ILLINOIS APPELLATE COURT FIRST DISTRICT (1ST DIVISION)
MAY 21, 1973.
THE PEOPLE OF THE STATE OF ILLINOIS, PLAINTIFF-APPELLANT,
LYNN B. PETTIS, DEFENDANT-APPELLEE.
APPEAL from the Circuit Court of Cook County; the Hon. GEORGE
DOLEZAL, Judge, presiding.
MR. PRESIDING JUSTICE BURKE DELIVERED THE OPINION OF THE COURT: Rehearing denied June 19, 1973.
This action arises from the trial court's granting of the defendant's motion to suppress identification testimony on the ground that it resulted from his illegal arrest. The state appeals pursuant to Supreme Court Rule 604. Ill. Rev. Stat. 1971, ch. 110A, par. 604(a)(1).
On August 12, 1969, the defendant was arrested on charges of burglary and impersonating a police officer. While in police custody, the defendant was photographed, and his color photograph was kept on file by the police. Between the date of his arrest and the court date, the defendant's photograph, along with the photographs of other persons, was shown to Miss Gladys High, who had been the victim of an armed robbery on August 4, 1969. She identified the defendant from his photograph, as did a Mr. Porche, who was a witness to the robbery and who was shown the same group of photographs. Based on these identifications the defendant was arrested as he was leaving the courtroom after appearing with respect to the August 12, 1969 arrest. He was then placed in a three-man lineup, where he was identified by Miss High and Mr. Porche.
On November 19, 1969, the defendant again appeared on the August 12, 1969 charges. At the hearing on that date, the court ruled that the arrest of the defendant on August 12, 1969, was made without probable cause and sustained the defendant's motion to suppress evidence. Thereafter, the charges of burglary and impersonating a police officer were dismissed.
After the defendant was indicted for the armed robbery of Miss High, he filed motions to suppress evidence illegally seized and to suppress lineup identification testimony. The ground for the first of these motions was the fact that the color photograph from which Miss High and Mr. Porche first identified the defendant was taken at the time of his illegal arrest on August 12, 1969. The first motion to suppress was granted, and the state filed this appeal.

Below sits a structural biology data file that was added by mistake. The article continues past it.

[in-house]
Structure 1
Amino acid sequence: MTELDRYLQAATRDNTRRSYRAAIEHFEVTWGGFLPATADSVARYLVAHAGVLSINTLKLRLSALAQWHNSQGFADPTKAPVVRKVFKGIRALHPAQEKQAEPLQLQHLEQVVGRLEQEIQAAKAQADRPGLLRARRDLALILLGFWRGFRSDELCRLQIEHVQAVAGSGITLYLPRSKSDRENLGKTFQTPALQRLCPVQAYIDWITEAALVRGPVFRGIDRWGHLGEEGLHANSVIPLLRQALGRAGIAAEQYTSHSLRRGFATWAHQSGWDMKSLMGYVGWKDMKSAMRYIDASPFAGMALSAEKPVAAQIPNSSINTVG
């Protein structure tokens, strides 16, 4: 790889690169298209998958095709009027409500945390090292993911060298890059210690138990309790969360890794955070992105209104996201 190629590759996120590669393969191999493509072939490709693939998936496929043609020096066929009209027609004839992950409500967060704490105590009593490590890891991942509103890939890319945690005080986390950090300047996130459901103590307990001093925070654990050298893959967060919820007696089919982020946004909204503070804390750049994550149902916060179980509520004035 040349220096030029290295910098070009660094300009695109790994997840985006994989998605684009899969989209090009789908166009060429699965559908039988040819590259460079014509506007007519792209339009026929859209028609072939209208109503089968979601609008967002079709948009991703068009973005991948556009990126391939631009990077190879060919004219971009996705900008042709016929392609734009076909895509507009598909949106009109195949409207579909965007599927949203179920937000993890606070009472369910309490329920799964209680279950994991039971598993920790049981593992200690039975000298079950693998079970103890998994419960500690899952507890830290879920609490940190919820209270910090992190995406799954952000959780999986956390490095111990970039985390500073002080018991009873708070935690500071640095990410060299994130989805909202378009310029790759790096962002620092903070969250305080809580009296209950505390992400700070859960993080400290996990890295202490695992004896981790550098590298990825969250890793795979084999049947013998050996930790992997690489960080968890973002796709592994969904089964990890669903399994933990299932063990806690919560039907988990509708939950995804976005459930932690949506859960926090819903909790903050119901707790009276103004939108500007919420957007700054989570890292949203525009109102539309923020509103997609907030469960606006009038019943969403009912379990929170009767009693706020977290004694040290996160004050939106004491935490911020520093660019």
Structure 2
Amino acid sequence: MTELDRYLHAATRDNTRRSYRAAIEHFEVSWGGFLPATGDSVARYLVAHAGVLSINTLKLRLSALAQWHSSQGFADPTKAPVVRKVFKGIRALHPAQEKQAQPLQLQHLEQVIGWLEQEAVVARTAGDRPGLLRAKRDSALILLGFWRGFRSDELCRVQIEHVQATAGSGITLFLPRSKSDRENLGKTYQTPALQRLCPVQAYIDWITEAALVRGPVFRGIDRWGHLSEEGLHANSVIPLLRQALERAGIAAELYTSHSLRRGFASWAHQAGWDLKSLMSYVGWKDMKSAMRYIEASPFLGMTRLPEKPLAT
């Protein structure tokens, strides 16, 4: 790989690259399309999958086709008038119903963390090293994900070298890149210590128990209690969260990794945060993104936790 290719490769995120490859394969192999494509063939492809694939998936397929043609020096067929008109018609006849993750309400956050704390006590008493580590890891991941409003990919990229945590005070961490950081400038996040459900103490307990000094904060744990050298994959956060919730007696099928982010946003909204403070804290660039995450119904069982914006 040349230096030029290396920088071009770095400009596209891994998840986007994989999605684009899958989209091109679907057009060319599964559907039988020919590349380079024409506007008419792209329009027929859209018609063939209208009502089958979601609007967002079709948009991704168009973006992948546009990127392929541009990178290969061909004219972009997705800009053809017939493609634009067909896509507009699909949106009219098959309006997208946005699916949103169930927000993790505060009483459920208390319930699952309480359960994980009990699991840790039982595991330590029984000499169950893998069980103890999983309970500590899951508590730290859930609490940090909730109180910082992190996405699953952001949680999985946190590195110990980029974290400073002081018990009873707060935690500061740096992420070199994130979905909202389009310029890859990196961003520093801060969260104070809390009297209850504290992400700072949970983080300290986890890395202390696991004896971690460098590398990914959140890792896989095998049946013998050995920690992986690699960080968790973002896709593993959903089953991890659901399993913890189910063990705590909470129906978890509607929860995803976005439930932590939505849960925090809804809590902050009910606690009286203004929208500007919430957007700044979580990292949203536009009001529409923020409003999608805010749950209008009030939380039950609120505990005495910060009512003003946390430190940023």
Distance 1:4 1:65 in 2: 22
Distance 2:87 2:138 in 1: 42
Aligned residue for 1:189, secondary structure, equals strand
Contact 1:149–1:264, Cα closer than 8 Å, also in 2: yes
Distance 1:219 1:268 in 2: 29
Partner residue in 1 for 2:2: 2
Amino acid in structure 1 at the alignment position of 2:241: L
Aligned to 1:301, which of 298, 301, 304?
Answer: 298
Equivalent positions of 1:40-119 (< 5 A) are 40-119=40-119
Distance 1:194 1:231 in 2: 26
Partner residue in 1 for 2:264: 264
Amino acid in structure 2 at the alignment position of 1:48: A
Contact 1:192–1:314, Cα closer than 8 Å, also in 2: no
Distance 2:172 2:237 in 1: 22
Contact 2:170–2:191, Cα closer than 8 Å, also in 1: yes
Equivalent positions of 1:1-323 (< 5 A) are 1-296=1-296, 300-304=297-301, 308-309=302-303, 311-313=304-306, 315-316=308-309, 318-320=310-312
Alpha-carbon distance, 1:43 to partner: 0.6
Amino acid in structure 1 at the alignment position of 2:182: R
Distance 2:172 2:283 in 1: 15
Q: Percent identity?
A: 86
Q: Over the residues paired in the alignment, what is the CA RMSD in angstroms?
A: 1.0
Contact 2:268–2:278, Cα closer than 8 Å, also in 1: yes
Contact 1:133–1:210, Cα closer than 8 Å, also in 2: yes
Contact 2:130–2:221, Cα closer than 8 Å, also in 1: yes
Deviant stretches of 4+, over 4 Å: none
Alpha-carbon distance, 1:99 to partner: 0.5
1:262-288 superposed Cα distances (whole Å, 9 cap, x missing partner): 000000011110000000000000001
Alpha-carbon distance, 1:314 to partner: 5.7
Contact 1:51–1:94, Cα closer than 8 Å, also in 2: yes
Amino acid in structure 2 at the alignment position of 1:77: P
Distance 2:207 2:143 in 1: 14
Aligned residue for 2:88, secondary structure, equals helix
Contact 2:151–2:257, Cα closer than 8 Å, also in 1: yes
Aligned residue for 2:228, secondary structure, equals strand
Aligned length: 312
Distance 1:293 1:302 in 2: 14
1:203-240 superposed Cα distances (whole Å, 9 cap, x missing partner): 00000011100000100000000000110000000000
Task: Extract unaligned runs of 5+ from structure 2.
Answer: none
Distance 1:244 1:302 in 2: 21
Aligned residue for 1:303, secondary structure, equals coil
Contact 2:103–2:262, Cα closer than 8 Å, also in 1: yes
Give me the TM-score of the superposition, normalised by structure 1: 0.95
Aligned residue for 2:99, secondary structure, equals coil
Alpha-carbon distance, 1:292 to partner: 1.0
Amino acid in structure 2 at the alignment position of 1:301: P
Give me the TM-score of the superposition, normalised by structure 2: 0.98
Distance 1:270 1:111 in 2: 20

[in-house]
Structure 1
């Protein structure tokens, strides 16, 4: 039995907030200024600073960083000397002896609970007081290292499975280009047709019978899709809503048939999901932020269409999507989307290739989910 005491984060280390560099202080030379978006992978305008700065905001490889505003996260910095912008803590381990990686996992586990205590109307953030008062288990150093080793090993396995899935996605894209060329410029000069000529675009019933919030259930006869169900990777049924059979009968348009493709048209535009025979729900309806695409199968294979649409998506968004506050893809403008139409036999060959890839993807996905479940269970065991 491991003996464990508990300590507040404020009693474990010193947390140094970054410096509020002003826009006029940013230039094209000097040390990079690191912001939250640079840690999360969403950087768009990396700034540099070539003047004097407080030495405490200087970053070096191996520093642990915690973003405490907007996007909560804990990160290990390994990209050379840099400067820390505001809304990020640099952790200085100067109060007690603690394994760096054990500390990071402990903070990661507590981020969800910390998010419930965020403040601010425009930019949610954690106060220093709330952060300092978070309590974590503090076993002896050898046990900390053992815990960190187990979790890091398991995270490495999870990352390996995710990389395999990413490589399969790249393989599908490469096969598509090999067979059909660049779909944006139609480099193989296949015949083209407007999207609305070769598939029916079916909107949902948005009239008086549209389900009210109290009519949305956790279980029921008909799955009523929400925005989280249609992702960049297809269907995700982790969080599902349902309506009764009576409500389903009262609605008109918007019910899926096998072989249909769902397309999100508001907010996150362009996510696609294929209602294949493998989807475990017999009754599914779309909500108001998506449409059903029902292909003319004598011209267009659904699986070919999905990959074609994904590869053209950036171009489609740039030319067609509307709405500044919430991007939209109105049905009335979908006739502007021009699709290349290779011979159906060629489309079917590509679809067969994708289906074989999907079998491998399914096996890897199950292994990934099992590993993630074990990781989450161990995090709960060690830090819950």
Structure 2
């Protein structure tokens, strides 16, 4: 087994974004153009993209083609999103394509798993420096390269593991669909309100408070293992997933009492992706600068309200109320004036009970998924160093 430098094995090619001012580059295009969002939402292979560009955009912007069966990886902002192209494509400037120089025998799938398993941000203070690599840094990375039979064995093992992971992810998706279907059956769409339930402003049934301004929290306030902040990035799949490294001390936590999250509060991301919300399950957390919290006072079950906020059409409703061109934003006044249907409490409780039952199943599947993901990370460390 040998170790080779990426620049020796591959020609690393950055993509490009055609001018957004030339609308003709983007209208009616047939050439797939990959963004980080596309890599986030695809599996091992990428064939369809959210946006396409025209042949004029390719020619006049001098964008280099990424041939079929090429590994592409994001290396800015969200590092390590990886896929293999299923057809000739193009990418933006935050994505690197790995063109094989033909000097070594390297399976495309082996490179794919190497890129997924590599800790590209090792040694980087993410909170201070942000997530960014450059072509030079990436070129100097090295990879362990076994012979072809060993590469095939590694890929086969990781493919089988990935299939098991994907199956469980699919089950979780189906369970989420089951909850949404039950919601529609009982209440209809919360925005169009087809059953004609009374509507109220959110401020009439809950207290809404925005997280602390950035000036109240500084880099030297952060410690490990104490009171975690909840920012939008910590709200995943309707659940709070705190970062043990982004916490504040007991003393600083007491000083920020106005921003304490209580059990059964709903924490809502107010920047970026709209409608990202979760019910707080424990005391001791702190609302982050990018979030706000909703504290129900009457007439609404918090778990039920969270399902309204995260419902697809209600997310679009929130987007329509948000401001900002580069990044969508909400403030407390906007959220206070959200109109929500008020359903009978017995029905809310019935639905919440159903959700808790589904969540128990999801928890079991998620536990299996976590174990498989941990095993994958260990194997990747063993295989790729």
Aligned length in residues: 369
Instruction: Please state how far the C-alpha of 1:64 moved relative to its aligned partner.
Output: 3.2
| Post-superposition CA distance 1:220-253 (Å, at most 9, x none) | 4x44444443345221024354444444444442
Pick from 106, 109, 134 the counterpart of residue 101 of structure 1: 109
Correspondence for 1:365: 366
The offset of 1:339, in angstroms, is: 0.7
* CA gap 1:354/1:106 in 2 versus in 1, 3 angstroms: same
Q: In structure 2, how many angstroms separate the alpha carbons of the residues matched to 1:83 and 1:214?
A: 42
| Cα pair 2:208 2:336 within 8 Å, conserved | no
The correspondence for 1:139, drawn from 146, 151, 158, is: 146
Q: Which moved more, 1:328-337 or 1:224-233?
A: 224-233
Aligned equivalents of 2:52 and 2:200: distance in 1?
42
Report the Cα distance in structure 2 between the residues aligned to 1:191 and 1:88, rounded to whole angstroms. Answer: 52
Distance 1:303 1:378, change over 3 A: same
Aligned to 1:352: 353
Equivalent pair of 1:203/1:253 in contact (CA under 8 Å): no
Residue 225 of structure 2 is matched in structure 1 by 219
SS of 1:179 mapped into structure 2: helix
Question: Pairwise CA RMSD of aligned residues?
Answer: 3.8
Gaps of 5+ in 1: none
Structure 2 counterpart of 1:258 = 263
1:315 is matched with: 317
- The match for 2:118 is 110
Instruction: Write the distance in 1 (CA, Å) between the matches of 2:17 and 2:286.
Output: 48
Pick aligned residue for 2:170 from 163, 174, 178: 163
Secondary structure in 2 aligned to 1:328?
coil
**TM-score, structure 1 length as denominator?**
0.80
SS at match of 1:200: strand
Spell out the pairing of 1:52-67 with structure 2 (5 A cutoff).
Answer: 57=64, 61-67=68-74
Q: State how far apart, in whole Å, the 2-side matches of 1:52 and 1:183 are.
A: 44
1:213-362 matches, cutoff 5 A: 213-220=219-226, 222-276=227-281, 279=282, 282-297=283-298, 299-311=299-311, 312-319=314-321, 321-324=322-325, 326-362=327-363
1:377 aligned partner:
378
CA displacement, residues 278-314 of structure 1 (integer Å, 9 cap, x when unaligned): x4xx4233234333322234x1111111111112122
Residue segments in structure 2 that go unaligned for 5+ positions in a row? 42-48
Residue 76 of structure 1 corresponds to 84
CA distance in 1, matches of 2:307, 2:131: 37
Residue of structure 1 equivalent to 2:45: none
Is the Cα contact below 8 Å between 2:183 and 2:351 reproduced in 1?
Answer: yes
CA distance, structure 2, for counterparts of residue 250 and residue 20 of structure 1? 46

The defendant argues that but for his illegal arrest on August 12, 1969, his photograph would not have been taken by the police and shown to the witnesses. Without that identification he would not have been arrested a second time. Since the photograph was a fruit of the illegal arrest, the identification testimony originating with it must be suppressed as evidence in the instant case.
The sole question before us is whether the identification testimony of Miss High and Mr. Porche was so tainted by the illegal arrest on August 12, 1969, as to render it inadmissible as evidence against the defendant. Whether a "booking" photograph transmits such a taint is a novel question in this state, although it has been treated in another jurisdiction. (People v. McInnis, 6 Cal.3d 821, 494 P.2d 690, 100 Cal. Rptr. 618.) The California Supreme Court held that identification testimony based on a photograph taken at the time of the defendant's illegal arrest was admissible on the ground that the record revealed no exploitation of the illegal arrest.